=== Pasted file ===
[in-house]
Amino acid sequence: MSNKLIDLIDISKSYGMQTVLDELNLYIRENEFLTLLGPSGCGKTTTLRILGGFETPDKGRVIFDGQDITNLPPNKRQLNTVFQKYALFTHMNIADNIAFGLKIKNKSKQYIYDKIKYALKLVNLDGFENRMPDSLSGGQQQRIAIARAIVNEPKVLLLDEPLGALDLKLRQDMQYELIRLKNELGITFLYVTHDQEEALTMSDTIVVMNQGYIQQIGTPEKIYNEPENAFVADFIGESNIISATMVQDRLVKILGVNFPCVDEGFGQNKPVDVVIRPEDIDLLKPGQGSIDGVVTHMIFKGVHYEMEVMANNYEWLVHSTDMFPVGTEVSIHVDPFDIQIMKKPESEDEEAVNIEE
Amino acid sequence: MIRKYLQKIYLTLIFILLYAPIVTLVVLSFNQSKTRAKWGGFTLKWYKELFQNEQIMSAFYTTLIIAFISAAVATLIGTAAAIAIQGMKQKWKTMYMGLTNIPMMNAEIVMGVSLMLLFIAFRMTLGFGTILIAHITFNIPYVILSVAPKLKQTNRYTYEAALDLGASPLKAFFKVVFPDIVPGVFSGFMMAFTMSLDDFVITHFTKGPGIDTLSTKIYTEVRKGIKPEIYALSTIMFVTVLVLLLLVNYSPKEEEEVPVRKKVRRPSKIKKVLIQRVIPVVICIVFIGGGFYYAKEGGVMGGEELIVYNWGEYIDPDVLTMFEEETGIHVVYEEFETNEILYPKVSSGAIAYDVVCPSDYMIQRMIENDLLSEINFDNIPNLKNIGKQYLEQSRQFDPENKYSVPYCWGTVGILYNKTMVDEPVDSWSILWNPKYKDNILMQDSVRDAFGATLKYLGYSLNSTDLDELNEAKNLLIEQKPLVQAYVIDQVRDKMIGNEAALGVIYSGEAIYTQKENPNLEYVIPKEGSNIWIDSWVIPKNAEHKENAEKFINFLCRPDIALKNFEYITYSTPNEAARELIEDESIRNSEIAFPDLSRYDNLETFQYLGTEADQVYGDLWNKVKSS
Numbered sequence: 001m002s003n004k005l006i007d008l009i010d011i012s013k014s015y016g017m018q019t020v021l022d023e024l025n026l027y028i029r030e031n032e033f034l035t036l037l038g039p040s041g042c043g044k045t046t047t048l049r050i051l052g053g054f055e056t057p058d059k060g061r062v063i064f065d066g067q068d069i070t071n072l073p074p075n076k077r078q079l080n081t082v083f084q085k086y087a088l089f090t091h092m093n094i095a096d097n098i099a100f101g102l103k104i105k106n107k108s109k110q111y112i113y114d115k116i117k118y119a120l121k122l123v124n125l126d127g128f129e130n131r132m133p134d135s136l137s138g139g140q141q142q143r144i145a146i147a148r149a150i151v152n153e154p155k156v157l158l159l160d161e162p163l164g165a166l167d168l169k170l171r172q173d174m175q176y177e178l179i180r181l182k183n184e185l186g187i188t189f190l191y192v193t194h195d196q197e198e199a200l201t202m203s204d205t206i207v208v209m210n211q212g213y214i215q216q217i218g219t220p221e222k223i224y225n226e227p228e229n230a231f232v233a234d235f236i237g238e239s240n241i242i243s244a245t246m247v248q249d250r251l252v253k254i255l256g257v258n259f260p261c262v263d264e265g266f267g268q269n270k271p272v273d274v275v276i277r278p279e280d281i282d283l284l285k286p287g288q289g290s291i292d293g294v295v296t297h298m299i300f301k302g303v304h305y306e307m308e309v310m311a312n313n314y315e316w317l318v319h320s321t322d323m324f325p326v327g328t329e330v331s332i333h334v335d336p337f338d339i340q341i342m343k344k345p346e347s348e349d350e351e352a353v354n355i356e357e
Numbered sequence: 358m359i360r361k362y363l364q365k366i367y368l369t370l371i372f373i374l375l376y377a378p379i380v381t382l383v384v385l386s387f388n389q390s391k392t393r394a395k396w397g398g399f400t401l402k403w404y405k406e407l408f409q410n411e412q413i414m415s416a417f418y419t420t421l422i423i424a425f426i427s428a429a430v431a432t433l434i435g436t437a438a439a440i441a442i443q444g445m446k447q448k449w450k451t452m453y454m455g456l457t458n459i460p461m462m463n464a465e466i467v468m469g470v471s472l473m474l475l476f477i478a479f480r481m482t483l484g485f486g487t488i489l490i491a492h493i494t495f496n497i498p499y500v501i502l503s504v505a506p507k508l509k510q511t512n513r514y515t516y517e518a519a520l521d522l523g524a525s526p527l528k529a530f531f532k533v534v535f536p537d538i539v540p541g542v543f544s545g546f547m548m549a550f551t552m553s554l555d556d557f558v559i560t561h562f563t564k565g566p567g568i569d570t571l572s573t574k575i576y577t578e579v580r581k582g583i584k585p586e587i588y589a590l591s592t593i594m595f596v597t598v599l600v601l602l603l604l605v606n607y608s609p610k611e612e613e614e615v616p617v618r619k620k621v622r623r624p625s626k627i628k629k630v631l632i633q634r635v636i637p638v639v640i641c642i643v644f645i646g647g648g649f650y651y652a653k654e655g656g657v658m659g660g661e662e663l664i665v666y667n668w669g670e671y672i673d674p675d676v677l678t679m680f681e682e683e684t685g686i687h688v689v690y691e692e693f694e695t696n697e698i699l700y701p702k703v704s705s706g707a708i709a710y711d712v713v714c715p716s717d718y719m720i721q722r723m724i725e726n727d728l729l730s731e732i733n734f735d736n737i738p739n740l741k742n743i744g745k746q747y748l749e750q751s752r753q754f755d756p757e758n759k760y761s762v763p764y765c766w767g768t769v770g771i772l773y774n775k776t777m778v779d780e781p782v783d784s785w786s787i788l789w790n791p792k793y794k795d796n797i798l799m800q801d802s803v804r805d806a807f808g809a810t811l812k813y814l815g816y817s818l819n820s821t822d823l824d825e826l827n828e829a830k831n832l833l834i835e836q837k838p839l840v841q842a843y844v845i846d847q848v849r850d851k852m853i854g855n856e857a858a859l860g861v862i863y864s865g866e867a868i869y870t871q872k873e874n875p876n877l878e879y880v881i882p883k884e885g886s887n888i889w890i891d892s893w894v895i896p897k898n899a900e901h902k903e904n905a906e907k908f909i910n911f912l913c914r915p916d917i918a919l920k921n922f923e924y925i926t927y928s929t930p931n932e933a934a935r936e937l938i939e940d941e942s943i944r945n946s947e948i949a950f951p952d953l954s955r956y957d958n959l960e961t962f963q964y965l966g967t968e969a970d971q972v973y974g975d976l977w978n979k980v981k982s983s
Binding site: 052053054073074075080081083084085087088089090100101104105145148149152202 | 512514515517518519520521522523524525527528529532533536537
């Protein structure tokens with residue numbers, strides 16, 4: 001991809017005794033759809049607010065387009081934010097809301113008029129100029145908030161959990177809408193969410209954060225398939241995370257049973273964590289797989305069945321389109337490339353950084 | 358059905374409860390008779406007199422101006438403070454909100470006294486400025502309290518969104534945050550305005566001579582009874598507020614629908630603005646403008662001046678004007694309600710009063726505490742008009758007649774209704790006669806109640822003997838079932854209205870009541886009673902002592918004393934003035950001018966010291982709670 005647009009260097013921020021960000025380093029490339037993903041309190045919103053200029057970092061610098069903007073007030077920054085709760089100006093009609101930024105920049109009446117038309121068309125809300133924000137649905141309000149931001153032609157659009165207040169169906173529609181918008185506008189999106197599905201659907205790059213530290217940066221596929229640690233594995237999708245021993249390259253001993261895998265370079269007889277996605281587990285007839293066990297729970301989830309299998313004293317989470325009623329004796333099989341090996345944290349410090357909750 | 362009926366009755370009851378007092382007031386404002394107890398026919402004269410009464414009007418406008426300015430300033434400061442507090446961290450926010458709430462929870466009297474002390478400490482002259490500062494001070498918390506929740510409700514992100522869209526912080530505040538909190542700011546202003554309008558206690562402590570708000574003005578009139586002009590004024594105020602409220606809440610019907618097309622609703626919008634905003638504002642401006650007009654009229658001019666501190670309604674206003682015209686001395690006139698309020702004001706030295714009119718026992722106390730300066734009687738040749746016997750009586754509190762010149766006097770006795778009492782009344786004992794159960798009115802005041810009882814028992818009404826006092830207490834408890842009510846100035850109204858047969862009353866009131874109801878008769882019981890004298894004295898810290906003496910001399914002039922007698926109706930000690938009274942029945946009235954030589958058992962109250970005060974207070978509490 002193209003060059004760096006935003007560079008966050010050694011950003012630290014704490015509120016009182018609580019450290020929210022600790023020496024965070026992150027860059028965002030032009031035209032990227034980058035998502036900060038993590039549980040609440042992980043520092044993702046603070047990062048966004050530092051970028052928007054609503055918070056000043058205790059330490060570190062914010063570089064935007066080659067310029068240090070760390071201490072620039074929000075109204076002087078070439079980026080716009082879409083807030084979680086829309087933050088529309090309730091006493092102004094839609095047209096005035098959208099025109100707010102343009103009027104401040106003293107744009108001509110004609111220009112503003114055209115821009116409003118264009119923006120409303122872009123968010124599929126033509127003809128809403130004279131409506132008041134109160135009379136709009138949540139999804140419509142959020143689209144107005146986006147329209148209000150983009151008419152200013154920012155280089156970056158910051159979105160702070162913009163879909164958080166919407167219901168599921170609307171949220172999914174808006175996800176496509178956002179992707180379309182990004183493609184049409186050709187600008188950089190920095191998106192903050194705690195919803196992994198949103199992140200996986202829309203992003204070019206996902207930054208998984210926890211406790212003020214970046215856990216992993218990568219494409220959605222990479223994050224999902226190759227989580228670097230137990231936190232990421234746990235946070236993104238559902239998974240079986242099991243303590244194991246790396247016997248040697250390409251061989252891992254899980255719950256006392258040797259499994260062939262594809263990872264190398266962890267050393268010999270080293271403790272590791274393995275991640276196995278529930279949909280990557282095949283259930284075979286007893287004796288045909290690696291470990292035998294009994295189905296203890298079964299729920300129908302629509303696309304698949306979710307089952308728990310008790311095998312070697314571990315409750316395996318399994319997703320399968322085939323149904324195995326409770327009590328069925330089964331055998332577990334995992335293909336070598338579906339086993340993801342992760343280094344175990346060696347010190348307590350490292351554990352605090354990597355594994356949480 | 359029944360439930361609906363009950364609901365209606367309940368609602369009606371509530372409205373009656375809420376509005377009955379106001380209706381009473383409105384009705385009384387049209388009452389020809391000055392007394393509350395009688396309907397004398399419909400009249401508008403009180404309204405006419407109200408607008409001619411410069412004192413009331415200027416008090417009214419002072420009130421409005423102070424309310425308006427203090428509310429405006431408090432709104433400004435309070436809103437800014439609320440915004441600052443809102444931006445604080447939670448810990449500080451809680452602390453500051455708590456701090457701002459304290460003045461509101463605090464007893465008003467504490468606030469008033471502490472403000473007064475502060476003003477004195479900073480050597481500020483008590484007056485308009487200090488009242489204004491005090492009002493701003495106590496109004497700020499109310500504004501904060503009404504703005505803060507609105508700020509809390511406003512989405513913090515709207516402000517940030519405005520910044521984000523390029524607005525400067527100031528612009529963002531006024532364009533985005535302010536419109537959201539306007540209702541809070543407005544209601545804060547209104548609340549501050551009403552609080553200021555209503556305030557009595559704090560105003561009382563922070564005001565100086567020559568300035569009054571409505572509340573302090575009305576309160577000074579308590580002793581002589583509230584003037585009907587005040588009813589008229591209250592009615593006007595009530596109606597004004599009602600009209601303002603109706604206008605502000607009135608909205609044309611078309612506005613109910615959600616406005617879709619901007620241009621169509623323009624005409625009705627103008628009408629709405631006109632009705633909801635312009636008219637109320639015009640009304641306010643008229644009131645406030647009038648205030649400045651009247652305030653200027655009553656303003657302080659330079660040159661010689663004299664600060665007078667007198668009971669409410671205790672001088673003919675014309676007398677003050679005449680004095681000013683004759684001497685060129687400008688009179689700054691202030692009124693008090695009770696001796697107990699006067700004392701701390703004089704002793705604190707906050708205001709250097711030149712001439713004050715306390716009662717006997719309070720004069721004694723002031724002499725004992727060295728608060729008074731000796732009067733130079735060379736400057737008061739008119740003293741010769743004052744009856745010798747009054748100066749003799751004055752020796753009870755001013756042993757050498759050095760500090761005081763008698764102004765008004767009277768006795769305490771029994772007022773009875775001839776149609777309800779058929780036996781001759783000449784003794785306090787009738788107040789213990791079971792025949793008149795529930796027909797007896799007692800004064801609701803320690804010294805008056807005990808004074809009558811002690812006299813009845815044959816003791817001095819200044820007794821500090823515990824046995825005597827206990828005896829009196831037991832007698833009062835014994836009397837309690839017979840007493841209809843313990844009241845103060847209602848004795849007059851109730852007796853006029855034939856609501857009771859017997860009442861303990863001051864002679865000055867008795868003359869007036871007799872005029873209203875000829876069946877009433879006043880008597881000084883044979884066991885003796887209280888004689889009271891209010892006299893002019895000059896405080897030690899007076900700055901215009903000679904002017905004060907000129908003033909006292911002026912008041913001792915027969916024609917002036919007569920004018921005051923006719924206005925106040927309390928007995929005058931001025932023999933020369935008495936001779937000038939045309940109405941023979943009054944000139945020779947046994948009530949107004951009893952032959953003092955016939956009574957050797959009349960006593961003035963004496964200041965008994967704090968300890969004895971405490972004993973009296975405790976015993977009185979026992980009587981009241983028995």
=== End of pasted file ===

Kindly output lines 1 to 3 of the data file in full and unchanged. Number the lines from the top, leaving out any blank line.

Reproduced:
[in-house]
Amino acid sequence: MSNKLIDLIDISKSYGMQTVLDELNLYIRENEFLTLLGPSGCGKTTTLRILGGFETPDKGRVIFDGQDITNLPPNKRQLNTVFQKYALFTHMNIADNIAFGLKIKNKSKQYIYDKIKYALKLVNLDGFENRMPDSLSGGQQQRIAIARAIVNEPKVLLLDEPLGALDLKLRQDMQYELIRLKNELGITFLYVTHDQEEALTMSDTIVVMNQGYIQQIGTPEKIYNEPENAFVADFIGESNIISATMVQDRLVKILGVNFPCVDEGFGQNKPVDVVIRPEDIDLLKPGQGSIDGVVTHMIFKGVHYEMEVMANNYEWLVHSTDMFPVGTEVSIHVDPFDIQIMKKPESEDEEAVNIEE
Amino acid sequence: MIRKYLQKIYLTLIFILLYAPIVTLVVLSFNQSKTRAKWGGFTLKWYKELFQNEQIMSAFYTTLIIAFISAAVATLIGTAAAIAIQGMKQKWKTMYMGLTNIPMMNAEIVMGVSLMLLFIAFRMTLGFGTILIAHITFNIPYVILSVAPKLKQTNRYTYEAALDLGASPLKAFFKVVFPDIVPGVFSGFMMAFTMSLDDFVITHFTKGPGIDTLSTKIYTEVRKGIKPEIYALSTIMFVTVLVLLLLVNYSPKEEEEVPVRKKVRRPSKIKKVLIQRVIPVVICIVFIGGGFYYAKEGGVMGGEELIVYNWGEYIDPDVLTMFEEETGIHVVYEEFETNEILYPKVSSGAIAYDVVCPSDYMIQRMIENDLLSEINFDNIPNLKNIGKQYLEQSRQFDPENKYSVPYCWGTVGILYNKTMVDEPVDSWSILWNPKYKDNILMQDSVRDAFGATLKYLGYSLNSTDLDELNEAKNLLIEQKPLVQAYVIDQVRDKMIGNEAALGVIYSGEAIYTQKENPNLEYVIPKEGSNIWIDSWVIPKNAEHKENAEKFINFLCRPDIALKNFEYITYSTPNEAARELIEDESIRNSEIAFPDLSRYDNLETFQYLGTEADQVYGDLWNKVKSS